In evaluating pavement alternatives, MnDOT does not account for costs of drivers’ time delays or vehicle operating costs.
MnDOT does not consider all factors affecting pavement alternatives or formally evaluate economic and noneconomic factors.
National literature recommends formally evaluating economic and noneconomic factors that affect pavement alternatives. MnDOT districts identify pavement alternatives for road problems and are required to analyze the alternatives’ economic factors. But MnDOT does not require districts to analyze some recommended noneconomic factors, especially nontechnical ones, such as resource conservation or municipalities’ preferences on pavement type. Further, MnDOT does not use a formal decision-making tool to objectively weigh all economic and noneconomic aspects of pavement alternatives. MnDOT should require districts to evaluate relevant noneconomic factors. It should also develop a process for weighing all factors pertaining to the pavement alternatives.
MnDOT does not account for uncertainty in the data used in life-cycle cost analyses.
Computations in life-cycle cost analyses can be based on a single, fixed value, such as an average cost for a bituminous overlay based on costs from past projects. A recommended alternative is to acknowledge the uncertainty behind those values and use statistical measures to identify the likelihood that a specific estimate will actually occur. MnDOT’s process for computing life-cycle costs does not account for the uncertainty of inputs, such as pavement costs. MnDOT should study the feasibility of estimating life-cycle costs while accounting for the uncertainty of values for specific inputs.
MnDOT uses statewide averages to calculate life-cycle costs for projects using “alternate bidding.”
In alternate bidding, both industries bid on a road project, and the pavement type is determined in the winning bid, not by MnDOT. The intent is to increase competition and get optimal prices on road projects.
MnDOT’s economic analysis of “alternate bidding,” where both pavement industries bid on a project to determine the pavement type, showed the process had little economic advantage over traditional projects.
For alternate bidding, national experts recommend using historical bid data to estimate costs of rehabilitation and maintenance over a pavement’s life cycle. MnDOT does this, but it uses statewide average costs in lieu of a district’s costs. Further, MnDOT uses a centrally developed schedule of rehabilitation and maintenance activities. MnDOT should continue to estimate costs centrally but modify them when such estimates do not reflect market prices in the district. MnDOT should use the central schedule of rehabilitation unless it does not reflect local road conditions and needs.
MnDOT’s use of alternate bidding has had limited impact on bid prices and pavement industry competition.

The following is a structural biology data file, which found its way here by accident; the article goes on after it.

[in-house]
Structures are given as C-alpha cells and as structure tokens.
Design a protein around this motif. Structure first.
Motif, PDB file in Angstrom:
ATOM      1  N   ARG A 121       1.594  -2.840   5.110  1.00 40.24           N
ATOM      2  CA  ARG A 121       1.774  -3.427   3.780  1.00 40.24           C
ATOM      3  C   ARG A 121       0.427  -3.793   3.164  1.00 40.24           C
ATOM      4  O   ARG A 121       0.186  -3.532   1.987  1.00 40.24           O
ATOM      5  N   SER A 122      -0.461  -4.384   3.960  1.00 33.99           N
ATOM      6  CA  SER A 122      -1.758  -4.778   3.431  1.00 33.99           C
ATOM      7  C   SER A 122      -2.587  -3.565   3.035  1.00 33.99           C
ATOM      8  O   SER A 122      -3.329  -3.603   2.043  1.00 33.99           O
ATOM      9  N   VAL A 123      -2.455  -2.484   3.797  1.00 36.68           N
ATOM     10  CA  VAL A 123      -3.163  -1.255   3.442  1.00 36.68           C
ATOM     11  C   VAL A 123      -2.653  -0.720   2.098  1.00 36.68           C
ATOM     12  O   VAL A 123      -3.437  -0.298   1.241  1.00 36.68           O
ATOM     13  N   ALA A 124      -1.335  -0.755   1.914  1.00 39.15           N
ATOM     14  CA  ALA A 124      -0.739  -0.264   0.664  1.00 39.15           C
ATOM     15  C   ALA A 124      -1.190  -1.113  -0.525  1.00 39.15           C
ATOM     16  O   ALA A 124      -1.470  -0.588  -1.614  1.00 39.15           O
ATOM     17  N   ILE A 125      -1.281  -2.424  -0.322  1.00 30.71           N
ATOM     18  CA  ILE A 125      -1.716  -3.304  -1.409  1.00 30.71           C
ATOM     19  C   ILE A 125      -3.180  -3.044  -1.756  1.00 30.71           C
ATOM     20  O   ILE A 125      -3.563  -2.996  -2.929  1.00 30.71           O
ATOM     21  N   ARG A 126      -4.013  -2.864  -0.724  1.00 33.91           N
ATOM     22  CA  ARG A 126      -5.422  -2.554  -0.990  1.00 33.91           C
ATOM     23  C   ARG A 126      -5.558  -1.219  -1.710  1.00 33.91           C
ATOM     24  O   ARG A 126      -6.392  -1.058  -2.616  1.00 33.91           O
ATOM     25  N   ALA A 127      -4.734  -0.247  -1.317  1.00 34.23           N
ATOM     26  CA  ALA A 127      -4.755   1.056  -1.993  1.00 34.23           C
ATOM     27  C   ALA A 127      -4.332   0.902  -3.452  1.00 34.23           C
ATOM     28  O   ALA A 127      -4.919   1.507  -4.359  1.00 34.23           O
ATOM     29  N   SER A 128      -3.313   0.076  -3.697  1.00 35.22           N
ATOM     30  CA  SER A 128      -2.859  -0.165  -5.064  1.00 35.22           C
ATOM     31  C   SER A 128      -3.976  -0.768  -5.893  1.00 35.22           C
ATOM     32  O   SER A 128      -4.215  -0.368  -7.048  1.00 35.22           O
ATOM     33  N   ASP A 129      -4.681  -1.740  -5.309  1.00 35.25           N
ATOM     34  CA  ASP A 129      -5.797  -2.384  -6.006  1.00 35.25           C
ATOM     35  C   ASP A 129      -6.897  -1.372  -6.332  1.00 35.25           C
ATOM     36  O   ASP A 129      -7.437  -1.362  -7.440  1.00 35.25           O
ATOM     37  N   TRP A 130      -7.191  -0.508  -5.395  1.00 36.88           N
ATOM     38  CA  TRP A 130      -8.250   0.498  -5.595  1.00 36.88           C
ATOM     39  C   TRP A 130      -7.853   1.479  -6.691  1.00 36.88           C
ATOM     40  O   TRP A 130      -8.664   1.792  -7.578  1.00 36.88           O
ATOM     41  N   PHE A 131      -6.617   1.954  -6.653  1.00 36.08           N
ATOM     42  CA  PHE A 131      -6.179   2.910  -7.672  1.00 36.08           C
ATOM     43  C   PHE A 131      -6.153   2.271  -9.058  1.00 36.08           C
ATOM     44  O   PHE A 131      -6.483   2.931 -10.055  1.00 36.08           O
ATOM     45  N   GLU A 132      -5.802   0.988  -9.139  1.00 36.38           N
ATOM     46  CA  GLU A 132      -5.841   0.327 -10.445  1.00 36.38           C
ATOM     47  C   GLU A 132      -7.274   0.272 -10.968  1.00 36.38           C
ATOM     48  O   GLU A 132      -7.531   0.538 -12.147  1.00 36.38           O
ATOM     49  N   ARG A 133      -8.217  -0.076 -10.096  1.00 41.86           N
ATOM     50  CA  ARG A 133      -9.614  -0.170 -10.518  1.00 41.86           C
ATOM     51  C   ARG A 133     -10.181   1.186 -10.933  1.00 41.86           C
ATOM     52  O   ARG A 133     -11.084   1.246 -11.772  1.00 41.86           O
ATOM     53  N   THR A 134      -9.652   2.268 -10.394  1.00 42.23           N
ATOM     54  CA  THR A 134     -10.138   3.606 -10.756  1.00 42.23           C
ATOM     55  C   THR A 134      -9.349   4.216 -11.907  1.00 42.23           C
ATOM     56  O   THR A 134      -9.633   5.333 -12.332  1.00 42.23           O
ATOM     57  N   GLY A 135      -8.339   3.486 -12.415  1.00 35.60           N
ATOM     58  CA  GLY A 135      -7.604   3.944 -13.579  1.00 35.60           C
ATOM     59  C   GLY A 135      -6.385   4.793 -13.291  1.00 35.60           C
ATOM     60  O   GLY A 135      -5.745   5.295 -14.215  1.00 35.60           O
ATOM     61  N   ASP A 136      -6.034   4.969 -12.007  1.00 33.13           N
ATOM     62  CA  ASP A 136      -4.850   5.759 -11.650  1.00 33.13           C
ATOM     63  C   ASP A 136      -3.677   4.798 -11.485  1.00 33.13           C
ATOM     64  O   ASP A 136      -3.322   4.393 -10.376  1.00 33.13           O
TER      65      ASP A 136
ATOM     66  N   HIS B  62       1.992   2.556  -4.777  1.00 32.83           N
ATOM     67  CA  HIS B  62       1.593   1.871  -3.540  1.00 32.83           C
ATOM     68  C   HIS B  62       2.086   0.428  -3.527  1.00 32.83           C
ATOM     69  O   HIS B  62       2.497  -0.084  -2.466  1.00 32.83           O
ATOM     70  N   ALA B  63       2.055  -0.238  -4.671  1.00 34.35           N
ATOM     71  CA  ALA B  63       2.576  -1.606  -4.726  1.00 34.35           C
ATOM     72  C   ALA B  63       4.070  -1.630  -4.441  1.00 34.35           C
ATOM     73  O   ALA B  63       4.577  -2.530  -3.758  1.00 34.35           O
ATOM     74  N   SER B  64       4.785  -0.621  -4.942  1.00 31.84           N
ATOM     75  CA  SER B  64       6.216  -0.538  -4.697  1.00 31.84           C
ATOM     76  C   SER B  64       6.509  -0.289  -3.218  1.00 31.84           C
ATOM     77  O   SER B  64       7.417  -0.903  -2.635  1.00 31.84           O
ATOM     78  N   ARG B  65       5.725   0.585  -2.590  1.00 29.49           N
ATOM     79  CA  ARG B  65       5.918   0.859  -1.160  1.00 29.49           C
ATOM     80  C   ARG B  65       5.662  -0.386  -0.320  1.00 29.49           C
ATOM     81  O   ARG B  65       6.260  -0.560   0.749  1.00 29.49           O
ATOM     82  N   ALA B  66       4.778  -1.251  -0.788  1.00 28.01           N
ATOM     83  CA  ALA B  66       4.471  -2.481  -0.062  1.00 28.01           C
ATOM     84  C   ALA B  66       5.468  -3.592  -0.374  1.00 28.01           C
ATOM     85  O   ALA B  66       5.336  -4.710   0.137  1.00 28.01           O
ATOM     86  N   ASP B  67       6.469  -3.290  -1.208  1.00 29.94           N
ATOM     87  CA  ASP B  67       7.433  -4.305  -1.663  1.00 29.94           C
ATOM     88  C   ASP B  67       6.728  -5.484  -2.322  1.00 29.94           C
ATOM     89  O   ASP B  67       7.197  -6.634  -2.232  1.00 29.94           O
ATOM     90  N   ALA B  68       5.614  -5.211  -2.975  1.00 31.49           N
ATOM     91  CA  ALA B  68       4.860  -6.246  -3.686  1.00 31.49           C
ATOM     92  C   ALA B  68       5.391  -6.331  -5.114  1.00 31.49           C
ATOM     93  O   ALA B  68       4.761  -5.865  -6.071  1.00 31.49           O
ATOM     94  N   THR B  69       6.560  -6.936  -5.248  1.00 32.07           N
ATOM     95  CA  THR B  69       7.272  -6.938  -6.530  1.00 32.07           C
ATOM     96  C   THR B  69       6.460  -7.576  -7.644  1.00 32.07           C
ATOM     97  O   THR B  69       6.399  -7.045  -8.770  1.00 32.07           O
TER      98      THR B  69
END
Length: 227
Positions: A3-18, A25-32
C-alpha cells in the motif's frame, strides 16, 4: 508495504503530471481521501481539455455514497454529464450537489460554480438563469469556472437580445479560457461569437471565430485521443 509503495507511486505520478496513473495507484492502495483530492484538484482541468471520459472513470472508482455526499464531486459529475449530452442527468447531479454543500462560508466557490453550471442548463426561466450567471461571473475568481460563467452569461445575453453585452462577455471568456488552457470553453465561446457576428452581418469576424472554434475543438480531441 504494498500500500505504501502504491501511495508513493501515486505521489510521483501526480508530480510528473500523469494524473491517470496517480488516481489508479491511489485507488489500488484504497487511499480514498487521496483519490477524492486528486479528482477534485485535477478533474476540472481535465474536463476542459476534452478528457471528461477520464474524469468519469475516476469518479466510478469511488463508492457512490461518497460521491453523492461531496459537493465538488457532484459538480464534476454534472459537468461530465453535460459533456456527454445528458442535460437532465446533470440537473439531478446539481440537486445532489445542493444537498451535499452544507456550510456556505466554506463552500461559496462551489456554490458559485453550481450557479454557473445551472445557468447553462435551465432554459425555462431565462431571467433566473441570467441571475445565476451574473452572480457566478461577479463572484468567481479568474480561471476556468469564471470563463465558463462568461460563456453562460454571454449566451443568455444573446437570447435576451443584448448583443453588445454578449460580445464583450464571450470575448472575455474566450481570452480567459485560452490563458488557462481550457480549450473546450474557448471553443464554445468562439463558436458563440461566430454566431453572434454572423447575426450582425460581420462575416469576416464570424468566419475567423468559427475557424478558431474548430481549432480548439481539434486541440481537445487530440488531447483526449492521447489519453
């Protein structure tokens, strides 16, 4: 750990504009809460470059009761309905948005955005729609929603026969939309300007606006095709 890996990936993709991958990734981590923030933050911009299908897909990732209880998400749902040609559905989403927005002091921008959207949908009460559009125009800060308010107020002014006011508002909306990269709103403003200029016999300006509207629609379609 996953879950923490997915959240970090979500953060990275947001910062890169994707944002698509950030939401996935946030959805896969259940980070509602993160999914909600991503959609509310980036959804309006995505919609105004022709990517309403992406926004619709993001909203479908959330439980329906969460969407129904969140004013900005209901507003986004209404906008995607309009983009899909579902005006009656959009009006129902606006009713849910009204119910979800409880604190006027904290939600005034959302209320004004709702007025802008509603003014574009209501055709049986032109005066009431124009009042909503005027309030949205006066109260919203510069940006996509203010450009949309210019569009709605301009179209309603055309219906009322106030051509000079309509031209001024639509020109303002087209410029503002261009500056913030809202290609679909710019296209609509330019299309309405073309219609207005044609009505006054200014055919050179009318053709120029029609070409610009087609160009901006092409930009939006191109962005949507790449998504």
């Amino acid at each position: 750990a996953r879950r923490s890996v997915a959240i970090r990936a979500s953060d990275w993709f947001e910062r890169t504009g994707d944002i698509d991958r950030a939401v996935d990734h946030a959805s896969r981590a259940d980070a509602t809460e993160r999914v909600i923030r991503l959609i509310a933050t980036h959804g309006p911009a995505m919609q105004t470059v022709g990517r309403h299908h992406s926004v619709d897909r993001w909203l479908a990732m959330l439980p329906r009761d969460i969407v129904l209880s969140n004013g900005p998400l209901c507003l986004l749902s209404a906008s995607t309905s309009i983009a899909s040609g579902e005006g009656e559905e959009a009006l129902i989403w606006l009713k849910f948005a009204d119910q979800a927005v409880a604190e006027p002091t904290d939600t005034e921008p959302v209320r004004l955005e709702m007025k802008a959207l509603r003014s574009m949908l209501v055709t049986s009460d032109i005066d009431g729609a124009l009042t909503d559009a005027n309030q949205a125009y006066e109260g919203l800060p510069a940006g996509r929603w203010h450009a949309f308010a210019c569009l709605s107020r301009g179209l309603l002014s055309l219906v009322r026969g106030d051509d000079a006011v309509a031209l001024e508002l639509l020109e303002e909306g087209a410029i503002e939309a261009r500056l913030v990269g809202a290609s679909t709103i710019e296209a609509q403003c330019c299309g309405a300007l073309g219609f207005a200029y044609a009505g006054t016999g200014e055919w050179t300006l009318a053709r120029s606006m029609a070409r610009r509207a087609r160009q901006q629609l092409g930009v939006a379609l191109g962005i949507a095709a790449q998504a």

Agencies should periodically review their alternate bidding process. MnDOT’s economic analysis showed alternate bidding had little economic advantage over traditional projects. MnDOT should change alternate bidding, such as by targeting it to more suitable projects.
The case for using material-specific inflation rates is weak.
For life-cycle cost analyses, national literature recommends that agencies use cost estimates that are presented in “real” dollars—removing the effects of inflation. MnDOT’s practices do this.
Some people argue that recent high costs of bituminous should be reflected in estimates of future costs in life-cycle cost analyses. The U.S. Office of Management and Budget recommends using real dollars instead of predicting future inflation, unless there is reliable evidence supporting different patterns of future costs. Research on forecasting inflation for oil prices shows that estimates of “no change in price” are superior to methods predicting specific oil price changes, except for in the very short-term—far shorter than the 35-year horizon of life-cycle cost analyses. The uneven nature of long-term bituminous prices makes predicting inflation difficult. MnDOT has considered calculating life-cycle costs with material-specific inflation rates but should avoid such calculations.
Summary of Agency Response
In a letter and attachment dated March 12, 2014, Minnesota Department of Transportation Commissioner Charles Zelle said the report “provides timely input” to MnDOT’s efforts to update pavement-type selection procedures. He said that MnDOT works to select economical pavement repairs and that the report identifies opportunities to improve this process. Commissioner Zelle wrote that MnDOT will consider the report’s recommendations as the department rewrites its Pavement Design Manual, but he added that some recommendations, such as to evaluate noneconomic factors that affect pavement alternatives, would be difficult to implement. The commissioner also said OLA’s recommendations add “layers of complexity with the assumption that more precision could be achieved.” He cautioned that additional complexity may perpetuate a “perception of bias” that pavement industries have suggested is evident in the current system.
The Program Evaluation Division was directed to conduct this study by the Legislative Audit Commission in March 2013. For a copy of the full report, entitled “MnDOT Selection of Pavement Surface for Road Rehabilitation,” 97 pp., published in March 2014, please call 651/296-4708, e-mail Legislative.Auditor@state.mn.us, write to Office of the Legislative Auditor, Room 140, 658 Cedar St., St. Paul, MN 55155, or go to the web page featuring the report. Staff who worked on this project were Jody Hauer (project manager) and David Greenwood-Sanchez.